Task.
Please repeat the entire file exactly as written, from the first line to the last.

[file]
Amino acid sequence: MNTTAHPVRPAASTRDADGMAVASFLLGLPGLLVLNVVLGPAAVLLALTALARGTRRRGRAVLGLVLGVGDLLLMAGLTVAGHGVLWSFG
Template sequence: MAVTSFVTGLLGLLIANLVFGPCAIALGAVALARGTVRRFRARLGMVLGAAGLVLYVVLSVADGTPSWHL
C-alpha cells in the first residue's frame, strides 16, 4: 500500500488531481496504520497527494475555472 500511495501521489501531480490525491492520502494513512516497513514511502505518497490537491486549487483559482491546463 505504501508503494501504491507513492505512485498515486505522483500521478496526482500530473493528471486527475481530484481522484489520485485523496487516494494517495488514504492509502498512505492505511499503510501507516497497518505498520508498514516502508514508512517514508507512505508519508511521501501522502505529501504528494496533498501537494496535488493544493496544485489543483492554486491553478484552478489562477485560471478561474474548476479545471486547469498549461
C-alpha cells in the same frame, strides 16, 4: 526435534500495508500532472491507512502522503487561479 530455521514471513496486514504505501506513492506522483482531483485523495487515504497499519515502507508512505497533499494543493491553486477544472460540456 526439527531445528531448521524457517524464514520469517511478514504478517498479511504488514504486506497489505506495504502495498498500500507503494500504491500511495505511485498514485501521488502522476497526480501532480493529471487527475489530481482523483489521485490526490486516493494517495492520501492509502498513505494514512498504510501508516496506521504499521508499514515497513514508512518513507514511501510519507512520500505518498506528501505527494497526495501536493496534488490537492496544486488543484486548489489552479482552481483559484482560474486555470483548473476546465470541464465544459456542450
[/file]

Amino acid sequence: MNTTAHPVRPAASTRDADGMAVASFLLGLPGLLVLNVVLGPAAVLLALTALARGTRRRGRAVLGLVLGVGDLLLMAGLTVAGHGVLWSFG
Template sequence: MAVTSFVTGLLGLLIANLVFGPCAIALGAVALARGTVRRFRARLGMVLGAAGLVLYVVLSVADGTPSWHL
C-alpha cells in the first residue's frame, strides 16, 4: 500500500488531481496504520497527494475555472 500511495501521489501531480490525491492520502494513512516497513514511502505518497490537491486549487483559482491546463 505504501508503494501504491507513492505512485498515486505522483500521478496526482500530473493528471486527475481530484481522484489520485485523496487516494494517495488514504492509502498512505492505511499503510501507516497497518505498520508498514516502508514508512517514508507512505508519508511521501501522502505529501504528494496533498501537494496535488493544493496544485489543483492554486491553478484552478489562477485560471478561474474548476479545471486547469498549461
C-alpha cells in the same frame, strides 16, 4: 526435534500495508500532472491507512502522503487561479 530455521514471513496486514504505501506513492506522483482531483485523495487515504497499519515502507508512505497533499494543493491553486477544472460540456 526439527531445528531448521524457517524464514520469517511478514504478517498479511504488514504486506497489505506495504502495498498500500507503494500504491500511495505511485498514485501521488502522476497526480501532480493529471487527475489530481482523483489521485490526490486516493494517495492520501492509502498513505494514512498504510501508516496506521504499521508499514515497513514508512518513507514511501510519507512520500505518498506528501505527494497526495501536493496534488490537492496544486488543484486548489489552479482552481483559484482560474486555470483548473476546465470541464465544459456542450